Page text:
Most of the time, the Planning and Zoning Commission deals with big issues: the heights of buildings. Setbacks. Wetlands. Those are important, very visible tasks; it’s not easy balancing the economic interests of landowners with the quality-of- life interests of residents (who may or may not be the same people).
Some times though, the P&Z deals with lesser issues that — in the end — are just as important.
Right now, elected officials are discussing regulations regarding free-standing business signs. You know — the ones advertising Michele’s pie tastings, or 20% off a pedicure in honor of Martin Luther King Day. (I’m making that up. I think).
Signs like these may be legalized -- though in smaller, more "homemade" form -- by the P&Z.
Rules — they must be small, hand-written on erasable boards or chalkboards, placed in an unobstructing spot or hung on the building, stuff like that — go into effect February 17.
For Saugatuck and the downtown area only.
Talks are underway to extend the regulations to the entire commercial district of Westport — up and down the Post Road.
Right now, those signs are illegal. The P&Z wants to bring order to the process — allowing merchants to advertise in a friendly, local way, without letting large, garish signs sprout willy-nilly.
But what about businesses outside the zone? Christie’s needs signs to draw attention to its Sunday farmers’ market. Daybreak Nursery announces items like firewood and holiday wreaths that way. Positano could highlight daily specials.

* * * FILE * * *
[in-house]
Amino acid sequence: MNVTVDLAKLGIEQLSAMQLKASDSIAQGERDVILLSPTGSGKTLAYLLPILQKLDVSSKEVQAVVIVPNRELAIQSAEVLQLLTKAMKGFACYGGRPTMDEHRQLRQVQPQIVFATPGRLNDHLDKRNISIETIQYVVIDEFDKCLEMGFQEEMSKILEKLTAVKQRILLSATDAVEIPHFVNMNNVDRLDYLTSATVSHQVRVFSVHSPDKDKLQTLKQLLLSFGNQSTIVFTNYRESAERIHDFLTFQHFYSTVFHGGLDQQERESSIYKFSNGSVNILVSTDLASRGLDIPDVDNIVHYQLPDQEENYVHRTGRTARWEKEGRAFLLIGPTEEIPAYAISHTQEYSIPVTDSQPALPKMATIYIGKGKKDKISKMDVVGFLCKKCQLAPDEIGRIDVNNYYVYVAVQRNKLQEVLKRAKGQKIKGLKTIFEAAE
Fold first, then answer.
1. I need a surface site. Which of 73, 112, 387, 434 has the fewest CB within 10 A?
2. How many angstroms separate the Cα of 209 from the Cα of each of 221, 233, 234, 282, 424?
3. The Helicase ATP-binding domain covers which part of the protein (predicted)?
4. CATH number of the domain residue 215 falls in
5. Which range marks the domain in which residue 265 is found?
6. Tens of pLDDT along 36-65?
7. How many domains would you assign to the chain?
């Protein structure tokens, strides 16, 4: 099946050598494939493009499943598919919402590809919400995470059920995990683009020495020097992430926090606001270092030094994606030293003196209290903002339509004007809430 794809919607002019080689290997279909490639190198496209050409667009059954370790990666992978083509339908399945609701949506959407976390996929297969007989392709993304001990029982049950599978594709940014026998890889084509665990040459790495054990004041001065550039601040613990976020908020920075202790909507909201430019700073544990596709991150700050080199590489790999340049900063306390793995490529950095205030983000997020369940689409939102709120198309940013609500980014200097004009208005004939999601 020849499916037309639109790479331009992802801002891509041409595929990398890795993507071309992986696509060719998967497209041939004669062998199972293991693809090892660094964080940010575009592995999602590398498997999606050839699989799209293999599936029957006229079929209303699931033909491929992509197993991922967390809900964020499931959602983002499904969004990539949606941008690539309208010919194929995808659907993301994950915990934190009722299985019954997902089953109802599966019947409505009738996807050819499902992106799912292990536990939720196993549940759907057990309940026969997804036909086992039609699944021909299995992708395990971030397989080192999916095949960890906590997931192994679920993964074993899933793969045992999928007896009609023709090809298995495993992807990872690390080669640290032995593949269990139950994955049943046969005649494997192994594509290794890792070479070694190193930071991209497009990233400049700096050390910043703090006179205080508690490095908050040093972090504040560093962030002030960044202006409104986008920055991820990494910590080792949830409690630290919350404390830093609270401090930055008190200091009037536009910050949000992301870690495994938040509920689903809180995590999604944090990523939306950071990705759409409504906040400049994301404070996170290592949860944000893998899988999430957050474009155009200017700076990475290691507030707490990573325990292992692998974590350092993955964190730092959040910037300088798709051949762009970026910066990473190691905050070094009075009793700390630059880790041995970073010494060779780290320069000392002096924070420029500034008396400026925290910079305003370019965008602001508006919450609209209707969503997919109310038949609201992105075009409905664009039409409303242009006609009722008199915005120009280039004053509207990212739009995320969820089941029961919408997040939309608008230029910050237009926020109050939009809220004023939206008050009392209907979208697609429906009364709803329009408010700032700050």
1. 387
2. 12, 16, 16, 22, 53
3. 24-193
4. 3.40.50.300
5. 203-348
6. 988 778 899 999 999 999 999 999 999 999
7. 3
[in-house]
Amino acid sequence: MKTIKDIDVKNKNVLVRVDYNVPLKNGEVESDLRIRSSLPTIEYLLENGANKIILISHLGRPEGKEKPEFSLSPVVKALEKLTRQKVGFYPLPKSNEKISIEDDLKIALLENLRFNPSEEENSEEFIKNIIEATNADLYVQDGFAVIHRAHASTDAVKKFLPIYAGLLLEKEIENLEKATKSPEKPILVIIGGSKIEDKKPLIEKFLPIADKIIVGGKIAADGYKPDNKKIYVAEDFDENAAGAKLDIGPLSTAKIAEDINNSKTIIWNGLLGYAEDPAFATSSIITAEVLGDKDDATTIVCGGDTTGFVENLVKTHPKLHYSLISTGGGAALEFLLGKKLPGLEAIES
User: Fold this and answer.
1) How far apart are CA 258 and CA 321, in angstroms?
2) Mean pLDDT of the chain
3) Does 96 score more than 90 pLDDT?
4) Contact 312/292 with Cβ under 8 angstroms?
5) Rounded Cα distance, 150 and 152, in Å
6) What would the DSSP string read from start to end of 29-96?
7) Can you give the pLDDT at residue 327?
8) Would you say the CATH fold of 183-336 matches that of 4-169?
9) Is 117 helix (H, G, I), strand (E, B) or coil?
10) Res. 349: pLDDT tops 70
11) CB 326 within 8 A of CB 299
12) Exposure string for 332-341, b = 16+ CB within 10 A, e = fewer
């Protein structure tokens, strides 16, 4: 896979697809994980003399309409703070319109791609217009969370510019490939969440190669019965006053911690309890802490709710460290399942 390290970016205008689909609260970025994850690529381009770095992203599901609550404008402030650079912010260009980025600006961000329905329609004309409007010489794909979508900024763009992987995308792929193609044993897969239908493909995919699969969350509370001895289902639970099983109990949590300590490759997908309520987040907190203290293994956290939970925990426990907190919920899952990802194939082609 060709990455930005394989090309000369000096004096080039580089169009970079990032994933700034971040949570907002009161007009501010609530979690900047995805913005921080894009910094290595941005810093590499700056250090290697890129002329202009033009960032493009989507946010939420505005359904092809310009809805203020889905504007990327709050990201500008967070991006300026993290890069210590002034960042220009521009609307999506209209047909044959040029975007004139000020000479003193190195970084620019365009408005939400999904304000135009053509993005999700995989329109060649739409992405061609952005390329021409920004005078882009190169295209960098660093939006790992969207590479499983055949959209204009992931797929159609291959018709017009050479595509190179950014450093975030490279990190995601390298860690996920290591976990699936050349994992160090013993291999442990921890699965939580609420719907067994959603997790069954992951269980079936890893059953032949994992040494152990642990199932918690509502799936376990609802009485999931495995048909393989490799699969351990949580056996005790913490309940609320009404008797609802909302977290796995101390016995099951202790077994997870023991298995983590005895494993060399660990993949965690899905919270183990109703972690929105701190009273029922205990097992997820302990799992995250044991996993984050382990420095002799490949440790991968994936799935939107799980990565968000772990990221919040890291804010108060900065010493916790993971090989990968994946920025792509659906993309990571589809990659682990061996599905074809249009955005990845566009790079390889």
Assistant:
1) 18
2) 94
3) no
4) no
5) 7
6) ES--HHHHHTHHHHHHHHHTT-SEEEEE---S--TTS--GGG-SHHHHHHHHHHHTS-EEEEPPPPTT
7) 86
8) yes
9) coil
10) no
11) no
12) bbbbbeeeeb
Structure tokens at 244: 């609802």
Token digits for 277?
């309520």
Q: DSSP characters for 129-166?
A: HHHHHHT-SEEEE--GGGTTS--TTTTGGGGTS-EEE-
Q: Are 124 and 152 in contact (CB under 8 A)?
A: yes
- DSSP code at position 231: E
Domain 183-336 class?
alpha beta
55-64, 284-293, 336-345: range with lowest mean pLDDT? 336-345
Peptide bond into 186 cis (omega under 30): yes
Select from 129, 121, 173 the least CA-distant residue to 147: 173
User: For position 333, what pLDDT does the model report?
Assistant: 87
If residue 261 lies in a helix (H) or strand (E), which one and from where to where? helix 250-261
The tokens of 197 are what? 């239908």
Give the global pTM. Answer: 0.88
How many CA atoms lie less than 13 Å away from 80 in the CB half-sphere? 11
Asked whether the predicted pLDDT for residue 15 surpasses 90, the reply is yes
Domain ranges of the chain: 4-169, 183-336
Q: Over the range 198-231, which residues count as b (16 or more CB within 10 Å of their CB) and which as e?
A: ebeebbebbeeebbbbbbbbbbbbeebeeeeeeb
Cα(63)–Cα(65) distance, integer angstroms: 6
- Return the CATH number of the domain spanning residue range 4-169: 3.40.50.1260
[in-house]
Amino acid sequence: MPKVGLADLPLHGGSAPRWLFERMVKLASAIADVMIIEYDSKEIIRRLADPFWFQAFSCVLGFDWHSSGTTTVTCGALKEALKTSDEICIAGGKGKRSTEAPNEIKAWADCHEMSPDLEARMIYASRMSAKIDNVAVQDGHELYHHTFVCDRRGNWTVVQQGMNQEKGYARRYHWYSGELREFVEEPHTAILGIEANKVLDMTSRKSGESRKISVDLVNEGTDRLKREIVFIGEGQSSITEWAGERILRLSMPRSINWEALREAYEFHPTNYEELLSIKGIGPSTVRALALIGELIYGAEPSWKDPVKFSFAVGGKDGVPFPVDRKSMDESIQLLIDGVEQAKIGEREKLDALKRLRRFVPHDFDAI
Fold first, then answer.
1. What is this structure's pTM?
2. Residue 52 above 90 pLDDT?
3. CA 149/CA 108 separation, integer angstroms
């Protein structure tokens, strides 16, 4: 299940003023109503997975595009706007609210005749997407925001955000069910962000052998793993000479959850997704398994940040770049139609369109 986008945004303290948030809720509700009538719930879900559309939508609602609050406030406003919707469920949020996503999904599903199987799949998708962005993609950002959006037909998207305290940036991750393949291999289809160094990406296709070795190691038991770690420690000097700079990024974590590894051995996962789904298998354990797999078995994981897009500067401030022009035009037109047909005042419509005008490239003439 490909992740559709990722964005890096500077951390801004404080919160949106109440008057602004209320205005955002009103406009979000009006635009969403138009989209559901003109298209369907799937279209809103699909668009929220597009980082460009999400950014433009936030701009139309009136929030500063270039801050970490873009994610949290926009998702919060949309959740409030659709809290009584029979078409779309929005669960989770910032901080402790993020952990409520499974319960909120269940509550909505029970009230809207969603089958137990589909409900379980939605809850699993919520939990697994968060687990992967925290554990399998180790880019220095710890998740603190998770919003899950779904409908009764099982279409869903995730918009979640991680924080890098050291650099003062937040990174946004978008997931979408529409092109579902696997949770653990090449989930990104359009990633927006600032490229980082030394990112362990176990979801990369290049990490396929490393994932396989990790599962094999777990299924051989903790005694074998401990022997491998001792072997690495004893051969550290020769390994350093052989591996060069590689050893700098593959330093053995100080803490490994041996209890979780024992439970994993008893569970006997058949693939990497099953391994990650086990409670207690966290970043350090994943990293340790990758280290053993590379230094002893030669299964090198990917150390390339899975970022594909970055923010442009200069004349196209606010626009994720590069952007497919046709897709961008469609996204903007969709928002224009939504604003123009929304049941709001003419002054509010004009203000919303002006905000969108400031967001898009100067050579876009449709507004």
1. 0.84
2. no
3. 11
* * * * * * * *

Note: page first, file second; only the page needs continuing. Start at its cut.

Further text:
And what about Wakeman Town Farm, which could use signs to publicize upcoming workshops and its Community Supported Agriculture program?
What, then, about lawyers, chiropractors, marketing consultants — anyone who operates a home business outside of current business zones? Could they set up small, hand-written, free-standing signs too?
Right now the P&Z has no formal requests from any of those businesses. If there are, they will be addressed.
Signs are not a big deal like office buildings or movie theaters. But we do notice them; they do affect our quality of life. Just think of all the political signs we see for months leading up to elections, or the ones announcing upcoming concerts, road races and charity events that cover the little gardens at road intersections.
“06880” invites comments on this sign issue. Please be civil — and try to stay on topic.